Chao Zhang at his desk at Jesta, where he was hired as a full-stack software developer after graduating from Herzing's Programmer Analyst program.
When Chao Zhang enrolled in the Programmer Analyst program at Herzing, he had virtually no experience in software development. He had a degree in Electrical Engineering and had worked as a game tester - but that was it.
Looking to get into the industry as fast as possible, Chao signed up for the 15-month accelerated program. He graduated in March, 2019 and landed an impressive job as a full-stack software developer for Jesta I.S.
Jesta is a global software company with a 50 year track record of quality products. They were recently named the #1 software vendor for retail businesses.
We interviewed Chao this week to find out how work is going, and what he thought of Herzing's program. We asked him to rate the quality of the instructor, the skills he learned, and his overall experience at Herzing.
Here's what we found out.
Q: Chao, what were you doing before you decided to go back to school?
Chao: I was working as a game tester and a linguistic tester for VMC Game Lab. I have always been interested of doing software development, but never had the chance of actually learning and working in the field.
Q: What inspired you to choose Programmer Analyst training?
Chao: I started out studying Electrical Engineering. I earned a Bachelor's degree from ZhengZhou University in China, but never worked in the field.
There were two main reasons I ended up choosing Programmer Analyst training. One was because of the steady income and demand for programmers. Two was my passion for learning how to build something great in the digital world.
Q: There are several programmer analyst colleges in Montreal...so, why Herzing?
Chao: I heard the internship program is great at Herzing. And I knew that to start a career in programming, I would need a good spring board. Getting practical experience is the key to success in this industry.
Q: How would you rate the program, overall? How was the instructor, course material, and the skills you learned?
Chao: The skill set we learned was really good. I liked the instructor (George Boursiquot) and the content of the courses a lot. Also, we were a multi-cultural group of students and the atmosphere in class was great.
What's important to know is that this program is very condensed and intensive.
You complete the entire program in just 15 months...compared to 4 years at university. This is not an easy task! You move very quickly through the material, and jump over some of the theory and topics.That means students really have to do a lot of study and practice on their own.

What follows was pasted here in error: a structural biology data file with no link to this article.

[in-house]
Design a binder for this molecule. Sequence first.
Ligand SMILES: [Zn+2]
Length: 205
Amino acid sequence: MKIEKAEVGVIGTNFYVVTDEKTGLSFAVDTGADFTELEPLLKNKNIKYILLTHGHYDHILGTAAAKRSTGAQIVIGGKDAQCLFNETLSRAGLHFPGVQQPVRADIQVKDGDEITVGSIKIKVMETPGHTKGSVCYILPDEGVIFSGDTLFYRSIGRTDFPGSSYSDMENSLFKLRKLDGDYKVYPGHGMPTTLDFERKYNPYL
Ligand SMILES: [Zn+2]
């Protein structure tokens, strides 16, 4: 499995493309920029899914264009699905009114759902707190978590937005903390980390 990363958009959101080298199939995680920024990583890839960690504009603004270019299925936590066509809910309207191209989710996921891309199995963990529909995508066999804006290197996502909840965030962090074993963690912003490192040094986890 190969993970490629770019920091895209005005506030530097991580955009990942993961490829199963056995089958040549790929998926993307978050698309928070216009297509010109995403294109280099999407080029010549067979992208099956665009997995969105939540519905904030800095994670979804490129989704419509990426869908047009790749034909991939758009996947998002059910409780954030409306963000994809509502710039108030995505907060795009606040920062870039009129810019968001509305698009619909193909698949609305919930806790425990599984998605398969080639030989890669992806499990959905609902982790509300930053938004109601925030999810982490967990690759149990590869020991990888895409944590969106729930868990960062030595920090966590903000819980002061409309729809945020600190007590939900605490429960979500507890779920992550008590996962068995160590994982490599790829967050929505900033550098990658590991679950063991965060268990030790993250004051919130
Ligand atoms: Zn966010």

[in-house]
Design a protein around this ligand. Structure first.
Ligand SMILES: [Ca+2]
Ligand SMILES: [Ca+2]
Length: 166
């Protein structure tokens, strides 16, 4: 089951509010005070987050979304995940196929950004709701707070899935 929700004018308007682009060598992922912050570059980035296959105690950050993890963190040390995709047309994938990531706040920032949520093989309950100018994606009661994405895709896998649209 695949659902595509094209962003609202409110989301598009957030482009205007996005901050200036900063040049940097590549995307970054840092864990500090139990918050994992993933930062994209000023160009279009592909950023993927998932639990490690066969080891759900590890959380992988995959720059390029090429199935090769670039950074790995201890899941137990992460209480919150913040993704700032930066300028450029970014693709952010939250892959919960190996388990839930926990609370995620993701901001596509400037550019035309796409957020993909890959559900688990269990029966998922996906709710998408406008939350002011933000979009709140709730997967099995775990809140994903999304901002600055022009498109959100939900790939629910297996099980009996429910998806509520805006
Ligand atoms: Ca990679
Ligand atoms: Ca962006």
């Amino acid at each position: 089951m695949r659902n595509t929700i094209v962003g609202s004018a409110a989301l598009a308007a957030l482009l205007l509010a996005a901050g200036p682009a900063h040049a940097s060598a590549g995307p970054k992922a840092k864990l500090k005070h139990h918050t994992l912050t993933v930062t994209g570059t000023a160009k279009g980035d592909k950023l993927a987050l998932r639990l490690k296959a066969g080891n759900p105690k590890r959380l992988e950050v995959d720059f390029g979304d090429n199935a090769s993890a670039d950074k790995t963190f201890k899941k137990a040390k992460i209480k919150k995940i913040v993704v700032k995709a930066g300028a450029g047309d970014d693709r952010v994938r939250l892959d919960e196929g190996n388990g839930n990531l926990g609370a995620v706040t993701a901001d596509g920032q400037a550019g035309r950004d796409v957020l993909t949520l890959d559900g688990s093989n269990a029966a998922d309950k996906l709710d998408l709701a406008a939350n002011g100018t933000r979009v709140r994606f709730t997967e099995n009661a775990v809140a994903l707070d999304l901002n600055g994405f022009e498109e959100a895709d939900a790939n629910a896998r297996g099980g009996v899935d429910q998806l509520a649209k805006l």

For example, to get a job you need to know at least 1-2 frame works, and you need to be good with different environments and tools. But you can’t expect to learn them all from one program, because there are so many different frameworks, tools, etc.
Herzing's program provides a solid overview and introduction to programming. It helps you get your feet wet, and teaches you how to continue learning and building your skills independently.
Q: Tell us about your internship. What company did you work for, and what tasks were you doing?
Chao: My internship was at a global software company called Jesta I.S. They create software solutions for wholesalers and retailers, to help streamline and optimize operations.
I was given several different projects to work on. Most of my work involved optimizing logics, data exchange, adding new features, and bug fixing.
Chao got hired straight out of his internship with Jesta, a global software company that designs enterprise solutions for retail businesses
Q: So, where are you working now? Can you describe your role and what you're doing?
Chao: I am a full-stack software developer, still working for Jesta. I got hired there after my internship. I work on creating and designing the user interface, developing, and maintaining the backend logic and the database.
Q: Are you really using the skills you learned at Herzing? Is the training relevant to your job now?
Chao: Everything we learned is useful and relevant. Web, Database, Java, .NET...it's all being used in my work now.
Q: What advice would you give new students? What does it take to become a successful programmer analyst?
Chao: If you don't have a Bachelor or Master degree in programming, experience is everything. So you need to build yourself a nice resume as soon as possible. This includes finding a part-time job, or even volunteering at an IT company.
The internship is helpful, but if you can find other ways to get real programming experience, go for it...and do it before you graduate from the program.
A big thank-you to Chao for taking the time to answer our questions! We're very proud of what you've accomplished, and wish you every success in your new career.
Find out more about programmer analyst training & careers
Herzing College Montreal offers a 15-month Programmer Analyst program. Training includes a guaranteed 14-week internship at a local IT company.
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